Peter Jackson’s famous films were not the first cinematic journeys into Middle Earth. American animator Ralph Bakshi visited back in 1978 with rather mixed results.

Clearly holding the J.R.R. Tolkien books in high esteem, Bakshi adopted such a respectful approach to the epic fantasy that the result is, despite the adventurous content, quite slow-moving and stilted.

I saw The Lord of the Rings in the Union Cinema at Melbourne University. Can’t remember when, but presumably sometime in 1979. I’m pretty sure my companion for this adventure would have been long-time fantasy buddy Andre (who, three years later, queued up for four hours to purchase the first ticket to the premiere Melbourne screening of Conan the Barbarian).

What I mostly remember of the Bakshi film is my disappointment. Although long (133 minutes), the telling was somehow stiff and forced. The colours were rich and earthy yet the character portrayals disappointing. Aragon was ugly and bad tempered, Sam squat and toad-like, many of the action sequences were stilted and repetitive, the orchestral soundtrack staid, and it all stopped half way through the damned book. There was no indication, you see, that this was part one. After seeing it we neither craved nor expected a concluding chapter. We were not alone. The second instalment never materialised and Bakshi’s film was consigned to the shelf in video libraries labelled “Cult”.

So naturally, when I came across a double picture disc album of Leonard Rosenman’s score a couple of weeks ago, I snapped it up immediately.

The cover was pretty battered—that can easily happen with die-cut album sleeves—and the records needed a bit of TLC, but after some restoration and purification, I sat down with low expectations to relive an underwhelming cinema experience from almost forty years ago.

The first thing to report is that my offhand dismissal of Mr Rosenman’s score was hasty. Although there are aspects of the music I still cannot rave about, there is an invention and dramatic texture throughout that is certainly much more enjoyable and interesting than remembered.

We won’t traverse the entire album in detail, but simply try to give a flavour of the work.

We are in the territory of traditional orchestral scores, as is made clear with the opening salvo. The “Theme from The Lord of the Rings” is a sprightly, martial piece. Imagine a fifties war movie where some cheerful POWs stick it to Jerry while never losing their British pluck. That’s the sound of this theme: purposeful, energetic, positive.

“The History of the Ring” is a longish piece comprising several episodes. Much though I dislike narration on records, presenting the necessary back story could have added some scene-setting to the record, just as it did in the film. Snatches of the opening theme pop up a couple of times during the 6 ½ minutes of this track.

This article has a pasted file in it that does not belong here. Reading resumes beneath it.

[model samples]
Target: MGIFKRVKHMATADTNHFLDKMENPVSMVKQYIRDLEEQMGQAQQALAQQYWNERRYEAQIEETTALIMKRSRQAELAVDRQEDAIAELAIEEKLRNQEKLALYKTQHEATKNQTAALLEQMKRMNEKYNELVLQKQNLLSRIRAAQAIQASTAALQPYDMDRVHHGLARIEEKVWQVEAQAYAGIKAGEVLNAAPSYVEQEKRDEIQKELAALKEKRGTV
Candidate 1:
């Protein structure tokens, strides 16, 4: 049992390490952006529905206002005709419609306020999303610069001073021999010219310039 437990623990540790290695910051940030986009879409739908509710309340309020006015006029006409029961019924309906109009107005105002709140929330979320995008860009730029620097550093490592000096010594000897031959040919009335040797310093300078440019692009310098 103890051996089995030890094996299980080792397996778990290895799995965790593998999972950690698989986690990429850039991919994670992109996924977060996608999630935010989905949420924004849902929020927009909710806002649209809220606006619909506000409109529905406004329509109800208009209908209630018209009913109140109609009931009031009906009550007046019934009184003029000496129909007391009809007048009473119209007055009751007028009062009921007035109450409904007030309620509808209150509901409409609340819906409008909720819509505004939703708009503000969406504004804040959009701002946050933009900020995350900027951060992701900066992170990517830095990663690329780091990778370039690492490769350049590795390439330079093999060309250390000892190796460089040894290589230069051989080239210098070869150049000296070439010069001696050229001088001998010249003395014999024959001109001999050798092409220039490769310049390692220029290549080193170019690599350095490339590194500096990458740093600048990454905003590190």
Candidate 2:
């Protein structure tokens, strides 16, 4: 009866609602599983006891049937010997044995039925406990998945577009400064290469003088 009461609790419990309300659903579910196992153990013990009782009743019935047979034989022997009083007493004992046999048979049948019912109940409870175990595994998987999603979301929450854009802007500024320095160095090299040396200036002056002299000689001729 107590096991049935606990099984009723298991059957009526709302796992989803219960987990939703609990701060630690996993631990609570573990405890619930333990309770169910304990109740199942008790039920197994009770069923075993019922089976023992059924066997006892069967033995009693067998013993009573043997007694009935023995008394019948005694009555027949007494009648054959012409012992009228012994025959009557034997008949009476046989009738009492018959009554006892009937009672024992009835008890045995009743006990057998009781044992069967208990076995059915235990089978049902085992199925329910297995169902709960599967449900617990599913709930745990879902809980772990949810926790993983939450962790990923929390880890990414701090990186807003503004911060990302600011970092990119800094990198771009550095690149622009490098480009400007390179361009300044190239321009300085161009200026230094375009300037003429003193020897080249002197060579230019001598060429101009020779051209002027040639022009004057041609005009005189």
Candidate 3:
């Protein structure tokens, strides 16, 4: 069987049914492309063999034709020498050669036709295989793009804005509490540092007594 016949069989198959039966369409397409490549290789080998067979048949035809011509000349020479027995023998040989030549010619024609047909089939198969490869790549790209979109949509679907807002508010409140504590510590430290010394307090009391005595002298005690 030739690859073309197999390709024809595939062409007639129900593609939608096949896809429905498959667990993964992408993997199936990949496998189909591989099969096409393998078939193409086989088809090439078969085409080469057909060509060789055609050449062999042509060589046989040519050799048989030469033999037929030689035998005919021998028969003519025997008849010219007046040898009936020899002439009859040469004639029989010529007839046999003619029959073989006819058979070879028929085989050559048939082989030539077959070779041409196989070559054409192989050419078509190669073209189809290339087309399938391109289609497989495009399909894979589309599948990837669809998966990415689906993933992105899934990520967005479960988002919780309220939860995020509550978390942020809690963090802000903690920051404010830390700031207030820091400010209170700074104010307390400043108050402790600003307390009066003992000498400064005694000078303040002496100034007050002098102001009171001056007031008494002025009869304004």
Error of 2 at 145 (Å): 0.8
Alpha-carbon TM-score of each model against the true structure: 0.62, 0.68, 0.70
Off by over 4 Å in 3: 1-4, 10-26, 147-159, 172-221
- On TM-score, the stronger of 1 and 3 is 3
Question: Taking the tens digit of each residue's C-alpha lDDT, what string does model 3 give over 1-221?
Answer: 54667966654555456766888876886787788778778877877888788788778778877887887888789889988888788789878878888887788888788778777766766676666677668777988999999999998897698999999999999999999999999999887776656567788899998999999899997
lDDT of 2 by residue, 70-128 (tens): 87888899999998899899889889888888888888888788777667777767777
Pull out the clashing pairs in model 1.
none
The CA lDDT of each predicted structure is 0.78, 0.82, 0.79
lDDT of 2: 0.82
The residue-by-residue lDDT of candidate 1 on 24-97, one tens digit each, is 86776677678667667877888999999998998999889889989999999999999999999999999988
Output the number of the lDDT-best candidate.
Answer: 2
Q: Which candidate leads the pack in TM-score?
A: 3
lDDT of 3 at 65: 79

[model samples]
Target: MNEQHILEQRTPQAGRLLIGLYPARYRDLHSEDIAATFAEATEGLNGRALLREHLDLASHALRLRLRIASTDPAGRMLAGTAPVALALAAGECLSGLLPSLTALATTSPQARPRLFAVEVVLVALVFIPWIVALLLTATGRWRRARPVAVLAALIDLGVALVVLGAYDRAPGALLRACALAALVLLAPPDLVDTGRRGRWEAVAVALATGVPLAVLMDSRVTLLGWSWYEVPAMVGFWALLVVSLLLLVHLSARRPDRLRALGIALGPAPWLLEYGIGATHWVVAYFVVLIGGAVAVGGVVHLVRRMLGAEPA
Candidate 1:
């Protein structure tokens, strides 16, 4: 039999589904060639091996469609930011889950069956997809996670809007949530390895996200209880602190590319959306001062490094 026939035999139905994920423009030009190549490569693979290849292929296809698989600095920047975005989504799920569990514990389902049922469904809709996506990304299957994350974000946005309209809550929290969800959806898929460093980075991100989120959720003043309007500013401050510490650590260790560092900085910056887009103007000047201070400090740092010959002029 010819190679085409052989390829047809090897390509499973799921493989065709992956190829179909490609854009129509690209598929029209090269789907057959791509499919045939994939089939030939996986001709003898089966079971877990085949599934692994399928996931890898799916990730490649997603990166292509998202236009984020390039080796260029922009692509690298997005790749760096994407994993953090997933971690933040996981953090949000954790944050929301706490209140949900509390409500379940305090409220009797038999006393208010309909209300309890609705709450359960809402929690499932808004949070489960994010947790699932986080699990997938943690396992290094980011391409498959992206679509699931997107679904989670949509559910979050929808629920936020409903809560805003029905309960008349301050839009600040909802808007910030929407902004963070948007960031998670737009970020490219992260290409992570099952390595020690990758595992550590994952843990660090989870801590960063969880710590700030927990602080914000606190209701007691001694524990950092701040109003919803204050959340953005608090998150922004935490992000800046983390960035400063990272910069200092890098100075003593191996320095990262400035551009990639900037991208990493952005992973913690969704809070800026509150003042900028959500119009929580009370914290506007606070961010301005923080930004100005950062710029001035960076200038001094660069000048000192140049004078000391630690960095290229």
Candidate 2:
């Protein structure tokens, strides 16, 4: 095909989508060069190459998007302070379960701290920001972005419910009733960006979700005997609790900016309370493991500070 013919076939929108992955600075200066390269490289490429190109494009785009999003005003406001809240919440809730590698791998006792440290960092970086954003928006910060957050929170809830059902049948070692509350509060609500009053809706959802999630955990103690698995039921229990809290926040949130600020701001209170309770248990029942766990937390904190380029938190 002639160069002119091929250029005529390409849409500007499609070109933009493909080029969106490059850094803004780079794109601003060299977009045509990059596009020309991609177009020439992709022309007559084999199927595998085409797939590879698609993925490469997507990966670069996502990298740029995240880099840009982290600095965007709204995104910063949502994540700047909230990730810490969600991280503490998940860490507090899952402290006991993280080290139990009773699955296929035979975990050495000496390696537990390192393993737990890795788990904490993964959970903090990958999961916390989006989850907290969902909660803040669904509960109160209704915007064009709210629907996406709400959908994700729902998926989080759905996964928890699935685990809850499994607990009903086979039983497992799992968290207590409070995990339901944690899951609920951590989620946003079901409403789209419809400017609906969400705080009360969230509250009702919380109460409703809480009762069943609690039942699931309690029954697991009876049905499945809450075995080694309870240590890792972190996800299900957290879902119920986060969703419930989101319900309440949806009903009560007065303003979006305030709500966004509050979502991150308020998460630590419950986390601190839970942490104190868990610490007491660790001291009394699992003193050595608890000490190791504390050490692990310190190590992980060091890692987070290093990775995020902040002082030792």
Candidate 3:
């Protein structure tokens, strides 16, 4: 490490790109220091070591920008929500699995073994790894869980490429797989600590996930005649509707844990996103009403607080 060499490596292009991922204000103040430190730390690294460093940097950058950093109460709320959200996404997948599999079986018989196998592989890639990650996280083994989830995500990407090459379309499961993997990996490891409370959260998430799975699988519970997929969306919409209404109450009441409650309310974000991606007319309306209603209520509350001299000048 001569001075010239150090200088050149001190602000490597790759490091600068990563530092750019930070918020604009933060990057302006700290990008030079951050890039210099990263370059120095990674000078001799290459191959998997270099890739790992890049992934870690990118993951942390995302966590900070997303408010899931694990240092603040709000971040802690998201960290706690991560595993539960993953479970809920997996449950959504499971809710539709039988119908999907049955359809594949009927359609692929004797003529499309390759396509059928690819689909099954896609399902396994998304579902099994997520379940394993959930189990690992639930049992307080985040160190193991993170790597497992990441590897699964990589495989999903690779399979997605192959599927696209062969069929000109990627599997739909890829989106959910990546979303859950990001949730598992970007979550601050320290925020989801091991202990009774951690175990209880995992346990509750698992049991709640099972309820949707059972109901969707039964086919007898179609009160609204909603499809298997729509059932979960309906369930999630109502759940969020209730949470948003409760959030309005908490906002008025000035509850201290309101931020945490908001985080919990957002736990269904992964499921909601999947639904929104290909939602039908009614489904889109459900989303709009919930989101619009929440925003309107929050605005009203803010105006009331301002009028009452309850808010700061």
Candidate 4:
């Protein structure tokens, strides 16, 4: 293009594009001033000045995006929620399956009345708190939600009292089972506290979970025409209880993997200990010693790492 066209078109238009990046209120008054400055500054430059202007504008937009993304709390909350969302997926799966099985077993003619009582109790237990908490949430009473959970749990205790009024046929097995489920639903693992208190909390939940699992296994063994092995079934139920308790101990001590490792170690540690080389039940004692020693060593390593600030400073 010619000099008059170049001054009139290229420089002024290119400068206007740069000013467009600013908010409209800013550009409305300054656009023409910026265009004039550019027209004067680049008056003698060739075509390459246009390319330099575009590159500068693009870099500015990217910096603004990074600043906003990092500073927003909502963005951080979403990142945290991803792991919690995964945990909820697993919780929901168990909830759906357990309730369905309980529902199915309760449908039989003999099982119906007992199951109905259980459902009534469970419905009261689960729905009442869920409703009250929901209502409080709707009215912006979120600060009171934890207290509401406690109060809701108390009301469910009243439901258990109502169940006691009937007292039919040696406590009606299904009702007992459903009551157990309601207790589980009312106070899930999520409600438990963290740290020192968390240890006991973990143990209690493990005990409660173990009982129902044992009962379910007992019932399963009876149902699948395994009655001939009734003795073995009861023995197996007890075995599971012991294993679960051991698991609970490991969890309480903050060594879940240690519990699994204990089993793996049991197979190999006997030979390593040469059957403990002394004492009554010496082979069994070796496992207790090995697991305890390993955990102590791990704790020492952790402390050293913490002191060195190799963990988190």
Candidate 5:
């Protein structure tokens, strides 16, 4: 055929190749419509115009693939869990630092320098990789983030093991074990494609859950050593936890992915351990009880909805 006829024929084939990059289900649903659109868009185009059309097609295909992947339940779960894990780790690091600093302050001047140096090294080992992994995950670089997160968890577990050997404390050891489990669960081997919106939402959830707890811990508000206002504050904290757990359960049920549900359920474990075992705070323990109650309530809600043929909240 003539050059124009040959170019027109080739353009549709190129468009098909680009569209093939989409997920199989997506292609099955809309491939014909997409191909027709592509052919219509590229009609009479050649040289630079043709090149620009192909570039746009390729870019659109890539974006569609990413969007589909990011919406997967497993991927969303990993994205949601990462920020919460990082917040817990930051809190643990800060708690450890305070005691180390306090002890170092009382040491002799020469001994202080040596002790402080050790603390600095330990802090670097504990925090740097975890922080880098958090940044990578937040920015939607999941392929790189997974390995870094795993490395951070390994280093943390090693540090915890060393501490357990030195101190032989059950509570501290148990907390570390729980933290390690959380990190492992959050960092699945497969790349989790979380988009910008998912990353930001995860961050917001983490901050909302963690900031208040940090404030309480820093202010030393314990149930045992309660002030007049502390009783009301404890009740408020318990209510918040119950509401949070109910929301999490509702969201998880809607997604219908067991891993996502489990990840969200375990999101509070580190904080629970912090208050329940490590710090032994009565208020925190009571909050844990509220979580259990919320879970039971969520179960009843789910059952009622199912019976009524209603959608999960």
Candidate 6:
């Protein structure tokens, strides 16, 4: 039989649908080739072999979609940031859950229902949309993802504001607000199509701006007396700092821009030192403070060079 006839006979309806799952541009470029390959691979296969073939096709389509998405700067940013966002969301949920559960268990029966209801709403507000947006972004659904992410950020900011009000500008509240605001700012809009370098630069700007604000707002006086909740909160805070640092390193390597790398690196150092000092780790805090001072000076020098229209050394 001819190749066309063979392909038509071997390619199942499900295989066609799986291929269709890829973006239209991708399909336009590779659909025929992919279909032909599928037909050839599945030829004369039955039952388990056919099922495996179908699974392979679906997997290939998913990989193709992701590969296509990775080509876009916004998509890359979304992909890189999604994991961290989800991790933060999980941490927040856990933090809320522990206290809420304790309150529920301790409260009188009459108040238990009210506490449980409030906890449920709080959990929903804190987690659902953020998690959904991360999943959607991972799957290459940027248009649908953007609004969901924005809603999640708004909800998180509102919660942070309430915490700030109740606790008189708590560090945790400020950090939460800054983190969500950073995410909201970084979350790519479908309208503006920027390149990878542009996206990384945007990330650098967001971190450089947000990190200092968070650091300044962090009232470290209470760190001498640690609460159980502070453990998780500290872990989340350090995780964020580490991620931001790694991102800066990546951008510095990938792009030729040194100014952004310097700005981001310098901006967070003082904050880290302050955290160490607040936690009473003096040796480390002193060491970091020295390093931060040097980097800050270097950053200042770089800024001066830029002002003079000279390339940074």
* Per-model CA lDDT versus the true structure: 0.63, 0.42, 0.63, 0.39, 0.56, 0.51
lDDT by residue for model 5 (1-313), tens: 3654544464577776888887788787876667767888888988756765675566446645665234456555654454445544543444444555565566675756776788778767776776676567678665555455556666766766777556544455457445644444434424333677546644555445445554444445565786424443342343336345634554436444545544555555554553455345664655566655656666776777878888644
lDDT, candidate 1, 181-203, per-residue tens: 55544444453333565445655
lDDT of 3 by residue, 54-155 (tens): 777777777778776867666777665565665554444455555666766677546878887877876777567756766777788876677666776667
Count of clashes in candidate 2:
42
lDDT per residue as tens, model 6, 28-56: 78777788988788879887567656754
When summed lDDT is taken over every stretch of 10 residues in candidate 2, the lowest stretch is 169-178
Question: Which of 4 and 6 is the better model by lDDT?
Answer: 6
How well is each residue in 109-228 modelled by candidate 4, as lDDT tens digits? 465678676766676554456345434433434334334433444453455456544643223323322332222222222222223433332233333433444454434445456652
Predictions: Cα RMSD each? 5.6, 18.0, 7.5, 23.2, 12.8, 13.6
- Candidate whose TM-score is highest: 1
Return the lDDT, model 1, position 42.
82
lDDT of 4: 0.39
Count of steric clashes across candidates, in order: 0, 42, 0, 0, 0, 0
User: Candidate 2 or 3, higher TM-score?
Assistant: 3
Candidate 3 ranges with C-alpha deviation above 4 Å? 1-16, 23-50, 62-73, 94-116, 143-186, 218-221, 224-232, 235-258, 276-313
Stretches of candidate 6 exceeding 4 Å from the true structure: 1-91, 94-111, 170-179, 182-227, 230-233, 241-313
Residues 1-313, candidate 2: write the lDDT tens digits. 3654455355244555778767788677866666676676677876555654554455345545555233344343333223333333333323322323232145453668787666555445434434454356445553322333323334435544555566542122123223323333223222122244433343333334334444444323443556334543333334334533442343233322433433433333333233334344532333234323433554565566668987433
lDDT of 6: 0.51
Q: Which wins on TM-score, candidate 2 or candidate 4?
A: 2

The same jaunty theme crops up again in the third track, “The Journey Begins: Encounter with the Ringwraiths” and you realise that Rosenman is using his title theme as a motif for Frodo—or at least the Hobbits—an understanding that makes the repetition less aggravating. A bit.

But there is some pleasing darkness creeping into the music now (as it bloomin’ well should if there are Ringwraiths in the neighbourhood) and it’s no chore to fish out the second LP to spin side 2. (Yes, it’s one of those old auto-changer 1 & 4, 2 & 3 pressings).

The second side is more dramatic, which is to be expected since it covers the “Mines of Moria” and “The Balrog”. And even though I’d really like to hear the journey in the dark evoked by Richard Pinhas or Gandalf’s nemesis portrayed in sound by Black Sabbath, this treatment is quite engaging. Apparently the soundtrack does have its own cult following and I’ve begun to hear why.

If you think about it, perhaps there are enough sub-groups of record collectors to make Leonard Rosenman’s Lord of the Rings a desirable find. Collector’s of obscure soundtracks would love it, fans of picture discs would wet themselves over a four-sided acquisition, and when it comes to Tolkien aficionados, they’ll buy simply anything hobbit themed, won’t they?

As for me, I’m glad I found it. It may not be a magical treasure, but it’s a fascinating curio. I mean really, how many LPs do you have where horses with red demonic eyes are charging at you out of the grooves?

Dance in the dark of night

Sing to the morning light